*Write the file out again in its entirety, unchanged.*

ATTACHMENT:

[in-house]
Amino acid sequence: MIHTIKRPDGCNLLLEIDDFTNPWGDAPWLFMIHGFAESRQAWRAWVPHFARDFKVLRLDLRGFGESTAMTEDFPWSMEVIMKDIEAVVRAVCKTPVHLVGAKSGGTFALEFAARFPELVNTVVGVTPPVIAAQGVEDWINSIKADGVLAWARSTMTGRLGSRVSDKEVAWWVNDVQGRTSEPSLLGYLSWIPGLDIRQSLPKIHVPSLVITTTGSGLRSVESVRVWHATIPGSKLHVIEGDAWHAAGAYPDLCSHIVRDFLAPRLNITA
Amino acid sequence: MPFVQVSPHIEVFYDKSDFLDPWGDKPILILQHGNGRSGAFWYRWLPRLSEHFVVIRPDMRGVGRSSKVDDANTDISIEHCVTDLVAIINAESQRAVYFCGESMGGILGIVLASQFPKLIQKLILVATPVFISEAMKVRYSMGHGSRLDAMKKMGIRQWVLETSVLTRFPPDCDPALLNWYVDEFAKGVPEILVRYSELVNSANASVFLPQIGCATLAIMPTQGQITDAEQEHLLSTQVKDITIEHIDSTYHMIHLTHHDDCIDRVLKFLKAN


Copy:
[in-house]
Amino acid sequence: MIHTIKRPDGCNLLLEIDDFTNPWGDAPWLFMIHGFAESRQAWRAWVPHFARDFKVLRLDLRGFGESTAMTEDFPWSMEVIMKDIEAVVRAVCKTPVHLVGAKSGGTFALEFAARFPELVNTVVGVTPPVIAAQGVEDWINSIKADGVLAWARSTMTGRLGSRVSDKEVAWWVNDVQGRTSEPSLLGYLSWIPGLDIRQSLPKIHVPSLVITTTGSGLRSVESVRVWHATIPGSKLHVIEGDAWHAAGAYPDLCSHIVRDFLAPRLNITA
Amino acid sequence: MPFVQVSPHIEVFYDKSDFLDPWGDKPILILQHGNGRSGAFWYRWLPRLSEHFVVIRPDMRGVGRSSKVDDANTDISIEHCVTDLVAIINAESQRAVYFCGESMGGILGIVLASQFPKLIQKLILVATPVFISEAMKVRYSMGHGSRLDAMKKMGIRQWVLETSVLTRFPPDCDPALLNWYVDEFAKGVPEILVRYSELVNSANASVFLPQIGCATLAIMPTQGQITDAEQEHLLSTQVKDITIEHIDSTYHMIHLTHHDDCIDRVLKFLKAN